There is a lot going on in the fight to defend innocent human life this week. As I type, a last-chance hearing is underway in London to present new evidence in the Charlie Gard case. Just yesterday, we learned that an infamous Ohio abortion provider lost his medical license after getting caught signing blank prescriptions for narcotics (among other things), and his two abortion clinics in NE Ohio closed. Meanwhile, our friends in Dayton suspect that a new medical abortion provider has popped up in the neighborhood, Lake County's pro-life faithful are trying to stop a county-funded grant from going to an abortion-referring agency, and Toledo's pro-life community is trying to fighting a local ordinance intended to stifle pro-life speech and action outside of the county's last remaining abortion clinic.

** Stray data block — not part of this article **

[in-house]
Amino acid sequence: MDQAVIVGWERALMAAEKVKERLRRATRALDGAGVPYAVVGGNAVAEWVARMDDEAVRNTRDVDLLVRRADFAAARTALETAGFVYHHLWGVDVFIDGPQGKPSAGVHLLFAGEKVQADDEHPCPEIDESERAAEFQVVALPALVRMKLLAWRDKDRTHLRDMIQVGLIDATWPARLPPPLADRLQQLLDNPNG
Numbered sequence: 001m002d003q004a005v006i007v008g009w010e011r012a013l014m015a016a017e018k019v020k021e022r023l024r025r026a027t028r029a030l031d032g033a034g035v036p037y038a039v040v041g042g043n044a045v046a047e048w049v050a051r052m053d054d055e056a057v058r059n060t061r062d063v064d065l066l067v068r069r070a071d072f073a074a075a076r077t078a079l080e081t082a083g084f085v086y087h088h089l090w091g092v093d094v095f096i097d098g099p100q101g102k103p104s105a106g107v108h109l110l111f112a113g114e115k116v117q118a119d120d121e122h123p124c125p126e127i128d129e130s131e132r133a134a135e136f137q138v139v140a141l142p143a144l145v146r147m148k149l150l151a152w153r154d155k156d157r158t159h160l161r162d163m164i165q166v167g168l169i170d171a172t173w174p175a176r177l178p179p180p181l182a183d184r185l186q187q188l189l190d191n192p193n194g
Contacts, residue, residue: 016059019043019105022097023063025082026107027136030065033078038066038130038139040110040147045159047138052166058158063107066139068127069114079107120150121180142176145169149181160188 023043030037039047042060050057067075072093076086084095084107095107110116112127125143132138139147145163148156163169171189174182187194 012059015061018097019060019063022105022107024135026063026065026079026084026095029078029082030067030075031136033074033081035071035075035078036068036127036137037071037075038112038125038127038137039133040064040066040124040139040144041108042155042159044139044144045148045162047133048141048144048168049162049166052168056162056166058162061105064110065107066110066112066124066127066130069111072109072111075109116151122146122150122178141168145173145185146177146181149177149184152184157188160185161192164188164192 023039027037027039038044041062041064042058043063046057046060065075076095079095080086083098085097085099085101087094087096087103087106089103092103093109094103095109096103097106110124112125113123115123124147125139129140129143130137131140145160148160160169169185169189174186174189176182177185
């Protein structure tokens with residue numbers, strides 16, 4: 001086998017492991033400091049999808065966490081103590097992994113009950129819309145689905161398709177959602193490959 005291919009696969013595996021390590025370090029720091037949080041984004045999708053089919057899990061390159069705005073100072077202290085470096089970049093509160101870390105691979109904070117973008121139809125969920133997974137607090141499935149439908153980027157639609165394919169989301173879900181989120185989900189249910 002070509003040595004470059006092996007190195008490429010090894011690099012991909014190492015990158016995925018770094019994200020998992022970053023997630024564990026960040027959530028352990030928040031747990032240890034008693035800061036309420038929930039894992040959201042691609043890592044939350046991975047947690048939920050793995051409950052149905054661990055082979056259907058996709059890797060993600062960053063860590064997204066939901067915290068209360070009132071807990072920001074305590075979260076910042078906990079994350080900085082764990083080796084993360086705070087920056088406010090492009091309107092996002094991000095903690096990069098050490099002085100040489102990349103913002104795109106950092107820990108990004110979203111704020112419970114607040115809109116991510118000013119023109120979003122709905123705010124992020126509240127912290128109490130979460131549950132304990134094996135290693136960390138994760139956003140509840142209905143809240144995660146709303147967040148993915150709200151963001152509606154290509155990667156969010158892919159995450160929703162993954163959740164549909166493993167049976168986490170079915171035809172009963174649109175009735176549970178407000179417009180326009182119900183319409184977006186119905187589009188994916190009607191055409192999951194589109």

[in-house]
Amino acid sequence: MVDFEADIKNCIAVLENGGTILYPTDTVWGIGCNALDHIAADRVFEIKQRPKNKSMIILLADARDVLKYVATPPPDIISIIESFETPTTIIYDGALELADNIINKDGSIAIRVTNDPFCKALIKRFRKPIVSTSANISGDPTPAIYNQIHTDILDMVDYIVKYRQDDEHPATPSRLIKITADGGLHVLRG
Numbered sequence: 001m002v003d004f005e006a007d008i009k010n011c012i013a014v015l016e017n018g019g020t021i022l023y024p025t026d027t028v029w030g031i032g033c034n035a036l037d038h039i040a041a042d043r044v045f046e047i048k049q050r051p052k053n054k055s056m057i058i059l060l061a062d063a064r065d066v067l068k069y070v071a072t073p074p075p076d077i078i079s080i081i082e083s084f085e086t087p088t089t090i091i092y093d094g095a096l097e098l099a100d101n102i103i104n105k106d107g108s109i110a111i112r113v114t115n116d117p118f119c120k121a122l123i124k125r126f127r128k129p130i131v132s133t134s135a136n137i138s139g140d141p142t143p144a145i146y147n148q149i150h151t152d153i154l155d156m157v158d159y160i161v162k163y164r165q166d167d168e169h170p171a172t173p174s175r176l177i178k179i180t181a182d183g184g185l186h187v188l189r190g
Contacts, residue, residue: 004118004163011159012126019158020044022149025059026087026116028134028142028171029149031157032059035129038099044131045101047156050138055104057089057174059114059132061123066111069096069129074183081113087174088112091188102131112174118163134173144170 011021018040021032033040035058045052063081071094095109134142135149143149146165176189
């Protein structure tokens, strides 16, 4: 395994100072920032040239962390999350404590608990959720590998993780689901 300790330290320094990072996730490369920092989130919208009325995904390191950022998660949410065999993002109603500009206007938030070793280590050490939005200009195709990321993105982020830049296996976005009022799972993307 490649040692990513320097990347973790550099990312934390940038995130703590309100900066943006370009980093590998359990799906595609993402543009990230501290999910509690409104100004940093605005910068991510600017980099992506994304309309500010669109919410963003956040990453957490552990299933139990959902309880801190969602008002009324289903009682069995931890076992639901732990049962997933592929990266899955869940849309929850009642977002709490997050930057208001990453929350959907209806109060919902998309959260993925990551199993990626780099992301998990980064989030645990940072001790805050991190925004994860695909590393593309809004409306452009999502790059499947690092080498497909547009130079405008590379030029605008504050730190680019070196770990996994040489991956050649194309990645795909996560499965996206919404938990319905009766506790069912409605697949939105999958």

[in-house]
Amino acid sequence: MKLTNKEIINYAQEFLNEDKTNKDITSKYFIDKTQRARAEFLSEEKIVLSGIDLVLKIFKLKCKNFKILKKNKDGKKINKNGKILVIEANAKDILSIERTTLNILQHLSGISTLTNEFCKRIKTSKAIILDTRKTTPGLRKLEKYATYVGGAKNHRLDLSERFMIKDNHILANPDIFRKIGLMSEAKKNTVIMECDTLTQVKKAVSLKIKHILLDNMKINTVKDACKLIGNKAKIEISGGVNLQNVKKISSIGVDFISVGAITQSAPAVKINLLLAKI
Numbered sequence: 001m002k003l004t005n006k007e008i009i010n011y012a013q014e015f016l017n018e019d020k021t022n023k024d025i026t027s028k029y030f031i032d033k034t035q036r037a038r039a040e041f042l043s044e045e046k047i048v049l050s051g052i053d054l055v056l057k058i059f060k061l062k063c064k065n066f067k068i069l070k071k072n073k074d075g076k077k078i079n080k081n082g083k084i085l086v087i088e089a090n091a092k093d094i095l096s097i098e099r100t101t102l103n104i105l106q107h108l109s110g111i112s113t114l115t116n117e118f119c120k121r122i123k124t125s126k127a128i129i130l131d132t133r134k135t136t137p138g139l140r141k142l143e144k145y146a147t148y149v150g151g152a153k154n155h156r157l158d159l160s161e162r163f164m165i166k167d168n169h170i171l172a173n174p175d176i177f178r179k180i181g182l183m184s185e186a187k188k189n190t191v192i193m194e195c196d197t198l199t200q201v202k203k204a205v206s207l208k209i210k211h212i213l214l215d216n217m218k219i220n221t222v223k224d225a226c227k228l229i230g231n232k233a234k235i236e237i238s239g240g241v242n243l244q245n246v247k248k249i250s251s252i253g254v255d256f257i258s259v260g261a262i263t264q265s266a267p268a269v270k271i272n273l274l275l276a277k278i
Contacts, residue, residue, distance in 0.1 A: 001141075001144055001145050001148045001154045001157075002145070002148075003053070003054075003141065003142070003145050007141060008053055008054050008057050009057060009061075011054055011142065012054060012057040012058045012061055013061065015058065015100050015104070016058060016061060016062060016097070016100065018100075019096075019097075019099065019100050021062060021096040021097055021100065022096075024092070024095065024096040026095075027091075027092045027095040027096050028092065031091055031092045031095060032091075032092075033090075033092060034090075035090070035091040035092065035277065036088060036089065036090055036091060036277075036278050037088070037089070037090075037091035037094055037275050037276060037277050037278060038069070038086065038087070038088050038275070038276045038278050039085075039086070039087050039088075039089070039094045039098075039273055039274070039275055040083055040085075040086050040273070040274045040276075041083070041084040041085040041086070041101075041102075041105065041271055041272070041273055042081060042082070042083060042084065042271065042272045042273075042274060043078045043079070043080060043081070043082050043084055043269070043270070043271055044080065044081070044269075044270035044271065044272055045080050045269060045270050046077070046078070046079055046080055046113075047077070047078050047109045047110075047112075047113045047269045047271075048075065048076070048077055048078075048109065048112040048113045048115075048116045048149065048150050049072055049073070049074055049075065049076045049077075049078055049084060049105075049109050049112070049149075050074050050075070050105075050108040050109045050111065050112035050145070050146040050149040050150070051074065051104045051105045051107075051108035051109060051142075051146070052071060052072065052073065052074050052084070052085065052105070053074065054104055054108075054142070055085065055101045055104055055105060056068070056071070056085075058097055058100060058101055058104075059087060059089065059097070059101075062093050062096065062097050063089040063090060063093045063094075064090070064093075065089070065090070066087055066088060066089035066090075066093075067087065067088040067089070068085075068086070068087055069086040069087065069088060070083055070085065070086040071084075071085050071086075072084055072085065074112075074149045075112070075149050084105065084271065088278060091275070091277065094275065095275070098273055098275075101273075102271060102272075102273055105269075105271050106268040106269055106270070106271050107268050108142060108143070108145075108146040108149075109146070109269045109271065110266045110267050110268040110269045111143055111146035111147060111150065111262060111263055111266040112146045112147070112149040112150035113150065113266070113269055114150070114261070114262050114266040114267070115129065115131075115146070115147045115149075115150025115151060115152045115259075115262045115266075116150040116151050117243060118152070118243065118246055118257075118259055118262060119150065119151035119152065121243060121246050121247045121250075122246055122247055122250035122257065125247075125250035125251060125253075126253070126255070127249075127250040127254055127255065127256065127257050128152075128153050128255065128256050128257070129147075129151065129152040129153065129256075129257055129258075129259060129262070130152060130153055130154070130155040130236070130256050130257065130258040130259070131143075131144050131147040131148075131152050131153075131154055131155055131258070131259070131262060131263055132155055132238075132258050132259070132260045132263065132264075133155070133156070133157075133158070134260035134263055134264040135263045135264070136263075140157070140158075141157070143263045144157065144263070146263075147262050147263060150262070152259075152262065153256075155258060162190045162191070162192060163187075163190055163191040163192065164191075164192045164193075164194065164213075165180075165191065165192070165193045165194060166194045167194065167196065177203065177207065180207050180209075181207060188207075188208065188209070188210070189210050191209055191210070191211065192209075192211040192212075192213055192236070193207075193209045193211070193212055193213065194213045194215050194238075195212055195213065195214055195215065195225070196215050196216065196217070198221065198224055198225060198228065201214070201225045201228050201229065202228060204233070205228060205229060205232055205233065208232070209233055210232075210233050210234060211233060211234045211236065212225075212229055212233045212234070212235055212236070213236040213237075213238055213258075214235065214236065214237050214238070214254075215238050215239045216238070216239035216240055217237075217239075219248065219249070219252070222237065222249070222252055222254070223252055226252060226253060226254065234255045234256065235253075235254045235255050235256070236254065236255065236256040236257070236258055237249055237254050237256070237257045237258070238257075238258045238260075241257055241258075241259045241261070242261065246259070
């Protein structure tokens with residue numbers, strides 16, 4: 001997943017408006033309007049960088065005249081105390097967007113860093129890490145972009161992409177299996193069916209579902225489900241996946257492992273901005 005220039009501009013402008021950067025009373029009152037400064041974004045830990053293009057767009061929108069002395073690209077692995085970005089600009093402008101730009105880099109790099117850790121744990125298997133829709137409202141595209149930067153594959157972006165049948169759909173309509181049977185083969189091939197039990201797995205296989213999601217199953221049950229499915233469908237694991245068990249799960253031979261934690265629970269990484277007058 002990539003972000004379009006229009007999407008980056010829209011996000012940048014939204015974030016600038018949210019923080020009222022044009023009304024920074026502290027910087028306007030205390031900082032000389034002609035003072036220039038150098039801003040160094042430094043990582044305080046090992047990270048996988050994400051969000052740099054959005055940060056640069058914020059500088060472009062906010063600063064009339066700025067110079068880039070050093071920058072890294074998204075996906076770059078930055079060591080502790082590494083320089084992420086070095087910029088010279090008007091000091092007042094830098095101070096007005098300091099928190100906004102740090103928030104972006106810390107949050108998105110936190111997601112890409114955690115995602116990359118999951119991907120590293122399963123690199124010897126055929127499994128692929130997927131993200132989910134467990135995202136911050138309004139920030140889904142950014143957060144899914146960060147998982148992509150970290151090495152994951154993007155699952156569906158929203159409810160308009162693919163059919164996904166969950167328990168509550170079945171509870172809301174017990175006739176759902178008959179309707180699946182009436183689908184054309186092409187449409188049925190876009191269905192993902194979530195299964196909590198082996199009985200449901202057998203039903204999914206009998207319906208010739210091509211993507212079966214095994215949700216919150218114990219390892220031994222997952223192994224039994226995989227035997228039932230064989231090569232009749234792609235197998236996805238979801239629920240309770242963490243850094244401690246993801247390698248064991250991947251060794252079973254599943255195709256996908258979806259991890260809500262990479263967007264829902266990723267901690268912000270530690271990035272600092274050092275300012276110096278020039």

We here in Columbus have been pretty busy too. We are still finishing up from our banquet (it was that big!), working on our upcoming newsletter, prepping for our last revamped July training class (this Saturday), and organizing shifts to pray outside the local abortion clinic. In essence - we've been doing a lot of the behind-the-scenes work that goes on every day at GCRTL.
Thus, I was a bit surprised when I heard from a Toledo-area reporter asking for a comment on the Toledo City Council's effort to enact a 20-foot bubble ordinance around abortion clinics and other "reproductive health facilities." Normally, I would refer that sort of question to one of the Toledo pro-life organizations, but this time, there was a twist: the ordinance's sponsor, Council President Steven Steel, is (allegedly) using the GCRTL guidance found on our website, leading some people to believe that we were not concerned with the Columbus City ordinance enacted last year.